Print a one-line summary of the size of the Core program at the end of the optimisation pipeline.
Dump desugarer output.
-ddump-dsdumps the output after the very simple optimiser has run (which discards a lot of clutter and hence is a sensible default.
-ddump-ds-preoptshows the output after desugaring but before the very simple optimiser.
Dump output of the exitification pass (
-fexitification), which tries to pull out code out of recursive functions.
Show the output of each iteration of the simplifier (each run of the simplifier has a maximum number of iterations, normally 4).
Dump statistics about how many of each kind of transformation took place. If you add
-dppr-debugyou get more detailed information.
Dump trace messages from various functions of the simplifier. Produces quite a lot of output.
Show the output of the intermediate Core-to-Core pass. (lots of output!) So: when we’re really desperate:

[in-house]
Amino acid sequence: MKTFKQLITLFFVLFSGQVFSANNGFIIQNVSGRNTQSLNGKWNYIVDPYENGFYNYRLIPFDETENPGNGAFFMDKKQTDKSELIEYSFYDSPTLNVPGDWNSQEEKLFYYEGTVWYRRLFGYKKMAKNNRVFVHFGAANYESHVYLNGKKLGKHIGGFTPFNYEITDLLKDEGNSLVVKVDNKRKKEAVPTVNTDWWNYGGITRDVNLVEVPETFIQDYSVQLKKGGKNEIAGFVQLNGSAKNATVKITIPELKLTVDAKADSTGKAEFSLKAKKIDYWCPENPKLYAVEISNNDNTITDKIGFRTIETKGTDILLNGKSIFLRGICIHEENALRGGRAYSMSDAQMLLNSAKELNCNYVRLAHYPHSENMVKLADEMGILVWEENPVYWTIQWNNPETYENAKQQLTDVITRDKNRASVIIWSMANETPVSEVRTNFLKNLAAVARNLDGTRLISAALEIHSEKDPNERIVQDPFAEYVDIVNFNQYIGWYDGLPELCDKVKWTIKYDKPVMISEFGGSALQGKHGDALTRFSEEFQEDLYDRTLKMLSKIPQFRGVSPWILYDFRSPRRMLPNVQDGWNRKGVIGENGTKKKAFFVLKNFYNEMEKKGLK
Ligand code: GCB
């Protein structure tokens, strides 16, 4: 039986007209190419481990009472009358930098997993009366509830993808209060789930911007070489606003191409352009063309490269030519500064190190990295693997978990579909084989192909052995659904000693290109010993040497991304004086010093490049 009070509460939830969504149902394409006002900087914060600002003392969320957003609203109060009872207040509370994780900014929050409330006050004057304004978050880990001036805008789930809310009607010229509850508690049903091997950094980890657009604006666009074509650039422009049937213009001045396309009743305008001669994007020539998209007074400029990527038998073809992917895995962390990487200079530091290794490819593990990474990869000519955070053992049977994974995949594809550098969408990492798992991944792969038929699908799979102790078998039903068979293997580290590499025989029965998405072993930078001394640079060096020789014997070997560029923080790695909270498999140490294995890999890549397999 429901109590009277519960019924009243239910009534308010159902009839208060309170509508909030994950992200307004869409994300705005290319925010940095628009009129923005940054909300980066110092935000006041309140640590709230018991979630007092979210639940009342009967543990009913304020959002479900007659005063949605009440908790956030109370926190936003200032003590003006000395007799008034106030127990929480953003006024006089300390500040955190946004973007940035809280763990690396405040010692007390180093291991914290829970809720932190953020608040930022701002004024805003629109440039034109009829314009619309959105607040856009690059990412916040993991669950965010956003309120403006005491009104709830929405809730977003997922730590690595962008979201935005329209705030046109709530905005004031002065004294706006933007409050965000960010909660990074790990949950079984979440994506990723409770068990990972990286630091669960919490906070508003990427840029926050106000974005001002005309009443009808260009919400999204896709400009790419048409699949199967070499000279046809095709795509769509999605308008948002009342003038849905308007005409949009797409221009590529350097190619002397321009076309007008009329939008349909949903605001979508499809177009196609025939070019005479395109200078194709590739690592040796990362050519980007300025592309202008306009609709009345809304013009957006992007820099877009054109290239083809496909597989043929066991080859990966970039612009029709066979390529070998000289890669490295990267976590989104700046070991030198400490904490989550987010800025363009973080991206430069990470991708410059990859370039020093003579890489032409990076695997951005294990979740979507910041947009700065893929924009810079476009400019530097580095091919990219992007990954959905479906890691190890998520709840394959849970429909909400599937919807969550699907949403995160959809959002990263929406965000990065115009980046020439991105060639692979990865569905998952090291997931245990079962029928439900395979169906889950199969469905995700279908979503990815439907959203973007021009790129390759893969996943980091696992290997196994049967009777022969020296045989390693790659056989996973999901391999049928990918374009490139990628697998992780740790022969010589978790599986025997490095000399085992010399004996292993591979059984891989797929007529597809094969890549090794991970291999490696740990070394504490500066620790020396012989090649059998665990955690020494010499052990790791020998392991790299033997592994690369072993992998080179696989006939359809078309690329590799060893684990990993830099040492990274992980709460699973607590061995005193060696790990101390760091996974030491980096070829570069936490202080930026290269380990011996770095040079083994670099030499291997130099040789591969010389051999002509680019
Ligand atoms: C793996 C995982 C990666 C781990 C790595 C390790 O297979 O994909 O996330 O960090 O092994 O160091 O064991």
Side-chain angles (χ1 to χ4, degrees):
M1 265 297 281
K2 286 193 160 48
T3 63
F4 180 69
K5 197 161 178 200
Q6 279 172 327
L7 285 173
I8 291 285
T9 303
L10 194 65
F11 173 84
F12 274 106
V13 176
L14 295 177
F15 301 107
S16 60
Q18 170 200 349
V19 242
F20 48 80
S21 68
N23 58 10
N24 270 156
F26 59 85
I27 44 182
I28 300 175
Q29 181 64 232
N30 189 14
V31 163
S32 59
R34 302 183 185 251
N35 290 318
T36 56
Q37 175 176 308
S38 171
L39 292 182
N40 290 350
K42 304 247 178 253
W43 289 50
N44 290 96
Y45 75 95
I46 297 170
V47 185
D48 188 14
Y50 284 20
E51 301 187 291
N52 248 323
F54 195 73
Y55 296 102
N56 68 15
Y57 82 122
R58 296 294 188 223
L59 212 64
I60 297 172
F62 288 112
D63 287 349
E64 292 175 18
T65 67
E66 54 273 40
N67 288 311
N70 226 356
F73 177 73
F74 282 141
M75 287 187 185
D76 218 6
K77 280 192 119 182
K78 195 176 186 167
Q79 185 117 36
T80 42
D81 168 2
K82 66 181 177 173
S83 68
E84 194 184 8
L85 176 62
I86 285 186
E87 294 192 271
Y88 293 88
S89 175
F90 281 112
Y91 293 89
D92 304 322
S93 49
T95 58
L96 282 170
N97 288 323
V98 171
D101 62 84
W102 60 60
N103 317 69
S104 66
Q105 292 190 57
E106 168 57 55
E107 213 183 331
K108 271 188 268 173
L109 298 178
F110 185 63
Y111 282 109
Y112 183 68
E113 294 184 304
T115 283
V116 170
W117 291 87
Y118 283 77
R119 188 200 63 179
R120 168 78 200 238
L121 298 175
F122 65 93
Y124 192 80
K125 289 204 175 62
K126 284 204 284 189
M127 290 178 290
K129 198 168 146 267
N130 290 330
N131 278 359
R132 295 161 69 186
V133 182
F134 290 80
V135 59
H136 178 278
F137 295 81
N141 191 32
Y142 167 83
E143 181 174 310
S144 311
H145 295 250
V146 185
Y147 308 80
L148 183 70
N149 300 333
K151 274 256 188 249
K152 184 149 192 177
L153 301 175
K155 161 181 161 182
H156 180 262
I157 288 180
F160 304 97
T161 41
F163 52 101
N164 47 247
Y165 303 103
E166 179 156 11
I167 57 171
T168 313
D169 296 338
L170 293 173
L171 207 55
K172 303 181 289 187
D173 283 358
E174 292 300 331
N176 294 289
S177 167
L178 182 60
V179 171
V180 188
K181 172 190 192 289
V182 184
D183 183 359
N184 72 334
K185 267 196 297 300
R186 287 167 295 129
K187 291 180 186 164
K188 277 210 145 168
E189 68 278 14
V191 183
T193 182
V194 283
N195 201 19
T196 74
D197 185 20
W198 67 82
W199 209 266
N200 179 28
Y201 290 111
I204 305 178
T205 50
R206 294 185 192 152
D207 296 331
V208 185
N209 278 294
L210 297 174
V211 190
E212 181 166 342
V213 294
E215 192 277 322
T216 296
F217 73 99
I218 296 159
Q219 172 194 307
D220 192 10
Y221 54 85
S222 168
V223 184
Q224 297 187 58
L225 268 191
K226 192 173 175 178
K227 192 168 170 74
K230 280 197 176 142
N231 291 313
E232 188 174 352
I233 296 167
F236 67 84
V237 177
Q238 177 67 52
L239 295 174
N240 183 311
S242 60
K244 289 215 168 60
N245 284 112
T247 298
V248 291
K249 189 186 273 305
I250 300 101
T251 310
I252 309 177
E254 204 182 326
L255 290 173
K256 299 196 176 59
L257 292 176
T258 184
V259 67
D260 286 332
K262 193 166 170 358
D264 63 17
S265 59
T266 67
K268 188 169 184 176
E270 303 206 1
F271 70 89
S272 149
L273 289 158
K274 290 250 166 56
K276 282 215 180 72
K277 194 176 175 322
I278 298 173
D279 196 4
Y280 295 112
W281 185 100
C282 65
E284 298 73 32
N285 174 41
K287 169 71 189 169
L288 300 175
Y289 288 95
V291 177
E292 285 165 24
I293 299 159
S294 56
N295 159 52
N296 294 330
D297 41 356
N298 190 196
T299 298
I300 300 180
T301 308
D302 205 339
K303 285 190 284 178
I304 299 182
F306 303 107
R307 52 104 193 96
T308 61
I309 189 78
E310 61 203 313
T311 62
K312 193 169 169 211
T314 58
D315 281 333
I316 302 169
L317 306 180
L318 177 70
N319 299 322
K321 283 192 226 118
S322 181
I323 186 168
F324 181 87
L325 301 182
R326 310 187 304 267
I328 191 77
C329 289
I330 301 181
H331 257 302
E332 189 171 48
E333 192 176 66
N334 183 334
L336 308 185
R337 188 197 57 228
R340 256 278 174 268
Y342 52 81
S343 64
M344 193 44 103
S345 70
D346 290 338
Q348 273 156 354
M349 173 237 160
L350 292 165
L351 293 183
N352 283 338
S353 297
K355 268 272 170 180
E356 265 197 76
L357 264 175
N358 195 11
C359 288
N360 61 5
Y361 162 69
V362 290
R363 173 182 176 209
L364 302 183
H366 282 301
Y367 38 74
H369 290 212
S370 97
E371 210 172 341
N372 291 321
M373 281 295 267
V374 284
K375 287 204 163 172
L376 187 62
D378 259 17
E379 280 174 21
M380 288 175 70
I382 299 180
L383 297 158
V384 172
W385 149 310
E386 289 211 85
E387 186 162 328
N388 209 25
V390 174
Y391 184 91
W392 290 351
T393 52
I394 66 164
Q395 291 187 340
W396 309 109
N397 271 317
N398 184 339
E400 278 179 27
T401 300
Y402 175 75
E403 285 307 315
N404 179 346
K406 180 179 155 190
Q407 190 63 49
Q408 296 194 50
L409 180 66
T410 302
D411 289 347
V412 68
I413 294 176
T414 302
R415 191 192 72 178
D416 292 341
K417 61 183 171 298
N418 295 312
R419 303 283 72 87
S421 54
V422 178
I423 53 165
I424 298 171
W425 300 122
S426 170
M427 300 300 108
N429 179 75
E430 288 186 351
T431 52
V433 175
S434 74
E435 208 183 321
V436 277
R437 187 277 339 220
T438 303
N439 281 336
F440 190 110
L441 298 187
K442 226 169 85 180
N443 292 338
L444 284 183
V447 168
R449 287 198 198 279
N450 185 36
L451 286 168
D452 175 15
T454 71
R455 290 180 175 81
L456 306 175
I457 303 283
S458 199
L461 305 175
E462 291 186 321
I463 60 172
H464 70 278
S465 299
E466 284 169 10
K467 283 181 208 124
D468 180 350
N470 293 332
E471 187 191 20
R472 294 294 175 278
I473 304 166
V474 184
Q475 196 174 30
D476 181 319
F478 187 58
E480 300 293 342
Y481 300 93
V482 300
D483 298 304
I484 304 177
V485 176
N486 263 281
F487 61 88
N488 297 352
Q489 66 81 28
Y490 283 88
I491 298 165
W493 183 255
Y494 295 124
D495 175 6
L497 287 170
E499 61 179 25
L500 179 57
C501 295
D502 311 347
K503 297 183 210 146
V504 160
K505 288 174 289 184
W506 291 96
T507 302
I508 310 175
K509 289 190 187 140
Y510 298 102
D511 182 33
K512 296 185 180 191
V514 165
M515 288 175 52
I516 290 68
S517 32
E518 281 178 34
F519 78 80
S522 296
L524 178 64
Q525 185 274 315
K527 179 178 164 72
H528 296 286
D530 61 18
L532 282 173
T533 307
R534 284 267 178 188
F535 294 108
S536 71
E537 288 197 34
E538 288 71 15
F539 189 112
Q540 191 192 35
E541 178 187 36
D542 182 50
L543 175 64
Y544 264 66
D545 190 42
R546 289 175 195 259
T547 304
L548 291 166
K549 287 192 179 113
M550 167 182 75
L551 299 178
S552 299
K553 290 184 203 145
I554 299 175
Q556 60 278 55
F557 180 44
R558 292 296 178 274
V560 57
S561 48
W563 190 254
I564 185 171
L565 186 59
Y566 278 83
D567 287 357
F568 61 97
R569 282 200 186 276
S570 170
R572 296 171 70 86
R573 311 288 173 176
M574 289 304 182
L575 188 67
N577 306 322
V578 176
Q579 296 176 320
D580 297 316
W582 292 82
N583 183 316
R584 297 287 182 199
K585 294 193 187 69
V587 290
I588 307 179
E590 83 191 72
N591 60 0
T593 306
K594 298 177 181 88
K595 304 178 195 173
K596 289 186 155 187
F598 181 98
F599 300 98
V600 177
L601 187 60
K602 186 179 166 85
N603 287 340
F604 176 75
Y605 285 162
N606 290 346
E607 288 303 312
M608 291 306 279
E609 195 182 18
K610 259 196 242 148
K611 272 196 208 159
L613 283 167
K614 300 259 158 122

% ghc -noC -O -ddump-simpl -dverbose-core2core -dcore-lint Foo.hs
Dump output of specialisation pass
Dumps all rewrite rules specified in this module; see Controlling what’s going on in rewrite rules.
Dumps the names of all rules that fired in this module
Dumps detailed information about all rules that fired in this module
This flag is useful for debugging why a rule you expect to be firing isn’t.
Rules are filtered by the user provided string, a rule is kept if a prefix of its name matches the string. The pass then checks whether any of these rules could apply to the program but which didn’t fire for some reason. For example, specifying
-drule-check=SPECwill check whether there are any applications which might be subject to a rule created by specialisation.
This flag is useful for debugging why a definition is not inlined.
When a string is passed to this flag we report information about all functions whose name shares a prefix with the string.
For example, if you are inspecting the core of your program and you observe that
foois not being inlined. You can pass
-dinline-check fooand you will see a report about why